The Great Equalizer

There are many curious aspects of this picture that remain a mystery. Why do we all have neat bangs and feathery hair? Where did those yellow plastic (not orange) chairs come from? Why does Joey look so jolly while Edward is thoughtfully pondering the great mysteries of the universe? There is one question, though, whose answer is simple, effortless, apparent. Where did those jazzy clothes, worn ever so confidently by the grade eight class of Fatima Central High, come from? One place One syllable. One catalogue. Sears. Let’s take a languid stroll back to 1990, the pivotal year that this picture was taken, just two years before the moratorium. The wind is blowing a solid 50 km/h from the NorthWest. The Fall has planted itself firmly in Branch, transforming our signature verdant valley from lush green to nostalgic brown. The tired longliners are lazily bobbing up and down in the pond, having given all they can for another fishing season. The plant, closed for the year, is standing tall and proud, having sustained Branch for another year. People are preparing for the impending festivities of Christmas. They’re not driving into town for the third time this week to browse around Costco, nor are they shopping online, clicking “Pay Now” to order everything from boots to bongos. Not at all. They’re sitting at their kitchen tables anxiously browsing through the Christmas catalogue page by riveting page. That’s what people did. It was what the context of our lives insisted upon. There was little money, but enough. Cars weren’t new but they worked. The furthest holiday anyone ventured on was a jaunt somewhere on the island. Stephen (Roche) came back from Golden Bay Sands once telling Chris and his friends that he had stayed on a house boat. Well that was as good as a train trip to meet the king of Mongolia. Clothes arrived in the mail courtesy of Simpson Sears. It was a magical process. You saw an outfit on those glossy pages. You asked for it for Christmas or for the first day of school and in my case you hoped Vivian hadn’t seen it too!  The letter (on paper) was duly written to Halifax,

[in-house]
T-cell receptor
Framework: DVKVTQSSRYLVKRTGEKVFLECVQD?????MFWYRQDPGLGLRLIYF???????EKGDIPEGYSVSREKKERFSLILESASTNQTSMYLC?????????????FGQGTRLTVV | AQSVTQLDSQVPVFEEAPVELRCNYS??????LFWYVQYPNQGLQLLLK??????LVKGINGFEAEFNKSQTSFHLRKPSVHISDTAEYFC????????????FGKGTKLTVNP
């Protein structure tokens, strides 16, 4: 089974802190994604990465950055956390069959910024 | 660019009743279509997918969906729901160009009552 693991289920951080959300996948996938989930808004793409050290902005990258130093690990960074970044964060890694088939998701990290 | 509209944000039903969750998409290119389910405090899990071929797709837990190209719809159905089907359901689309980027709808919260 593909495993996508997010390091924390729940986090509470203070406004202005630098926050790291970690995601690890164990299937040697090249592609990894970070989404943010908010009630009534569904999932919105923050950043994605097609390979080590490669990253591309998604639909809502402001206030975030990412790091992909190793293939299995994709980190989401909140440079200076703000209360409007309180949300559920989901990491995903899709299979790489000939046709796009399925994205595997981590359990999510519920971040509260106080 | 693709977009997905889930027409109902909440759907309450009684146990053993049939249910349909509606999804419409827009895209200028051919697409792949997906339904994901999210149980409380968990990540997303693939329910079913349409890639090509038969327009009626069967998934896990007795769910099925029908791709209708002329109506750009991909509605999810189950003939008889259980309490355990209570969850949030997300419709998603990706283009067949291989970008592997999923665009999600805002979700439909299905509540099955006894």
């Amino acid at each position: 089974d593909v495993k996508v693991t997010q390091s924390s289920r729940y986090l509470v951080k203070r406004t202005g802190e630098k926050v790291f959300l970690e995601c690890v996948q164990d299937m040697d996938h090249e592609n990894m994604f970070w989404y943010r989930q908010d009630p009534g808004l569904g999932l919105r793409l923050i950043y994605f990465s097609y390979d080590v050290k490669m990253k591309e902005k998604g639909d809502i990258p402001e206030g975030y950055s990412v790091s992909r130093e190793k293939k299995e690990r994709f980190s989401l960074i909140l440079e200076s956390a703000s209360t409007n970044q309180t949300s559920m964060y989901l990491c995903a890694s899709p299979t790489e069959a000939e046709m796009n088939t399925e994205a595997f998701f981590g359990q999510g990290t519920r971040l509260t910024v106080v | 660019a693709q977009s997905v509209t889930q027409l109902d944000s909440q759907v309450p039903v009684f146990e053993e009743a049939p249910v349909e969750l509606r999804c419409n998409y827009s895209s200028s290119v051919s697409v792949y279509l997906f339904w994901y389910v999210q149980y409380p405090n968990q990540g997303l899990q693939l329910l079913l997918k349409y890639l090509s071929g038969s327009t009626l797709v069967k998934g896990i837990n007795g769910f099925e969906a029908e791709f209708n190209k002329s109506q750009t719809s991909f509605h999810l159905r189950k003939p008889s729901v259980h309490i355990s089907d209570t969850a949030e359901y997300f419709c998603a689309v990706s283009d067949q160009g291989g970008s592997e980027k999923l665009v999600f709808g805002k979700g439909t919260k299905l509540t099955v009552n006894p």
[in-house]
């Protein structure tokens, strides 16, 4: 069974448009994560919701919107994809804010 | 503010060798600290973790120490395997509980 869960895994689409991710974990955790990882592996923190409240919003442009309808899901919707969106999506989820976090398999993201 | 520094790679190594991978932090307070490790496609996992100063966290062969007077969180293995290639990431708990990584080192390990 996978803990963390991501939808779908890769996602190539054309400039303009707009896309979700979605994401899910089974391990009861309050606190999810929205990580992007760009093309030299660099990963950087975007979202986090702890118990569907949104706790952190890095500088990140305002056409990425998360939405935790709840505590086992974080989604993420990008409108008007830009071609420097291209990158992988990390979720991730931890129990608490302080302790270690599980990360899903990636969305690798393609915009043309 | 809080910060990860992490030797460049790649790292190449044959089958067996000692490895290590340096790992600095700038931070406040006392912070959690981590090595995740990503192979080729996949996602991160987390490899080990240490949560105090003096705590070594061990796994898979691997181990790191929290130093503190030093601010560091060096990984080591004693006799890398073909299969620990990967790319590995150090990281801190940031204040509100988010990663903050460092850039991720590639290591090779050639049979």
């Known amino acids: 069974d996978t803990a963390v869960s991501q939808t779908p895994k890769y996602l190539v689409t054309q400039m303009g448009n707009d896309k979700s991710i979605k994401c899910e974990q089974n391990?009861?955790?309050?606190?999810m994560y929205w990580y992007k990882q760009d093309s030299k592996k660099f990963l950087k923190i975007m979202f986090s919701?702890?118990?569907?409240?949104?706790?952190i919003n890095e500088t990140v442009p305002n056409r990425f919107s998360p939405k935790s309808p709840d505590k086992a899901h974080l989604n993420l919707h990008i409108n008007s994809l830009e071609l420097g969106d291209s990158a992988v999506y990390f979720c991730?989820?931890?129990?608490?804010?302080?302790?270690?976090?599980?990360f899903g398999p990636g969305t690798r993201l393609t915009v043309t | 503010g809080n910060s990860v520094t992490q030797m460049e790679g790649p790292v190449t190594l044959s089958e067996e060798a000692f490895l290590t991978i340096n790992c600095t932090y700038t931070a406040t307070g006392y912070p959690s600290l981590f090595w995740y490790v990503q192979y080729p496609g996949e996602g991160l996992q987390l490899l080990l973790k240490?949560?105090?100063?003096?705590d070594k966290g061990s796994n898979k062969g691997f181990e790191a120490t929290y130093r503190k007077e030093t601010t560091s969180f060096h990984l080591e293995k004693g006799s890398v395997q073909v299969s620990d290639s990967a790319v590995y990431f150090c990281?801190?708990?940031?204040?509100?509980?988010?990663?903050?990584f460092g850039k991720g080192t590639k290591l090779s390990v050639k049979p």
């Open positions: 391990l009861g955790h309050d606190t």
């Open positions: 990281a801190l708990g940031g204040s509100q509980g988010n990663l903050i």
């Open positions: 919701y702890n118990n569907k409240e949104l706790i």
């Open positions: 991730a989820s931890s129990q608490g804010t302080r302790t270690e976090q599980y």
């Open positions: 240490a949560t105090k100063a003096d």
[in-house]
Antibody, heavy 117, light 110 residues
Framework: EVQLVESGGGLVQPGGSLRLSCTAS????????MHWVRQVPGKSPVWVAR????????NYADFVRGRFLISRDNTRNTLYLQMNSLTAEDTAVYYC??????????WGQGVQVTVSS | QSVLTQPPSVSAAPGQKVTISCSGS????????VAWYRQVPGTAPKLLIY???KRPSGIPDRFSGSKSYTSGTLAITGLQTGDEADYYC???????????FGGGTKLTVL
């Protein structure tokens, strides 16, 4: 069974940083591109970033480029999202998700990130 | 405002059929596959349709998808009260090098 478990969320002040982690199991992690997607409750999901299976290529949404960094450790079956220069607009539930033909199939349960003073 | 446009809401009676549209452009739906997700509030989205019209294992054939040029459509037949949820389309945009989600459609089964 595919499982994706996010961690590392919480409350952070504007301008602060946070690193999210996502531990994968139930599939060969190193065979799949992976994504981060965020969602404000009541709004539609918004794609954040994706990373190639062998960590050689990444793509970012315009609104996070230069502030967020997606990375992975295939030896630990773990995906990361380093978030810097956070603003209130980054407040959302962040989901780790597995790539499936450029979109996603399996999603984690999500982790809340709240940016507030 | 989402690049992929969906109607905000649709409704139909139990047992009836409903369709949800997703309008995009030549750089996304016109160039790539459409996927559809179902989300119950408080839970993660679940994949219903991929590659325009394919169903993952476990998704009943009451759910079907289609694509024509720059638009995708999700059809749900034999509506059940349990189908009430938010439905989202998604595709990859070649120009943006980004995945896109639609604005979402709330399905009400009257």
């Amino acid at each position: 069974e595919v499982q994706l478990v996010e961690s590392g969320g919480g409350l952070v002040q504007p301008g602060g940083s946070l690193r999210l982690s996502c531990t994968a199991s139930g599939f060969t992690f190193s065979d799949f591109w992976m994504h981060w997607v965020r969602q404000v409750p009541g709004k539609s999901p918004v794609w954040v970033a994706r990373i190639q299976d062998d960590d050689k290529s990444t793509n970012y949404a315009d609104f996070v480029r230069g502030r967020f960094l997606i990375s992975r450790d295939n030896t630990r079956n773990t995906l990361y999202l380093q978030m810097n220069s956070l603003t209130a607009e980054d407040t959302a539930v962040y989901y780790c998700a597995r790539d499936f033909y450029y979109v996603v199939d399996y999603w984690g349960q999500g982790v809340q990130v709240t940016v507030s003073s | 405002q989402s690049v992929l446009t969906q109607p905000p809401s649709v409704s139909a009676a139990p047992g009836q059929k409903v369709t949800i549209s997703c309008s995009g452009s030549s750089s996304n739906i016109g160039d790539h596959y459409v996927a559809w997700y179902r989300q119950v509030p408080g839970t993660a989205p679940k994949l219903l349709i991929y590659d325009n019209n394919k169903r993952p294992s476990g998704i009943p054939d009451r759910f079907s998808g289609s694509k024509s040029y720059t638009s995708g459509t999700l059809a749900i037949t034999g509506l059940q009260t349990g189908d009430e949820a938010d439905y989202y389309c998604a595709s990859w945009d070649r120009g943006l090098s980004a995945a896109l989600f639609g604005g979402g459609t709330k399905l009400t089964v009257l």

“Dear sir or madam, 

          Could you pleae send the following order C.O.D. 

Then came the visit to the mail to pick it up. The sight of Mrs. Gloria holding that grey parcel was arresting. In exchange for your new fitout, which had graciously arrived cash on delivery, you gave Mrs. Gloria actual money.  

It was an age of sufficiency. You had enough. And Sears was a metaphor for that “enough”. The Sears generation that the 27 people in this picture grew up in was marked by our sameness. We all had the same experiences, the same everything , including clothes, which inevitably came from Sears (unless you were Mercia or Corrina whose mothers Lena and Rita sometimes bravely drove to Bay Roberts to shop)! As the doors of this great institution of equality close, I salute you Sears, as the great equalizer. You somehow anchored us humbly in our sameness at a time when we all lived quite simply and we all quite simply, lived.

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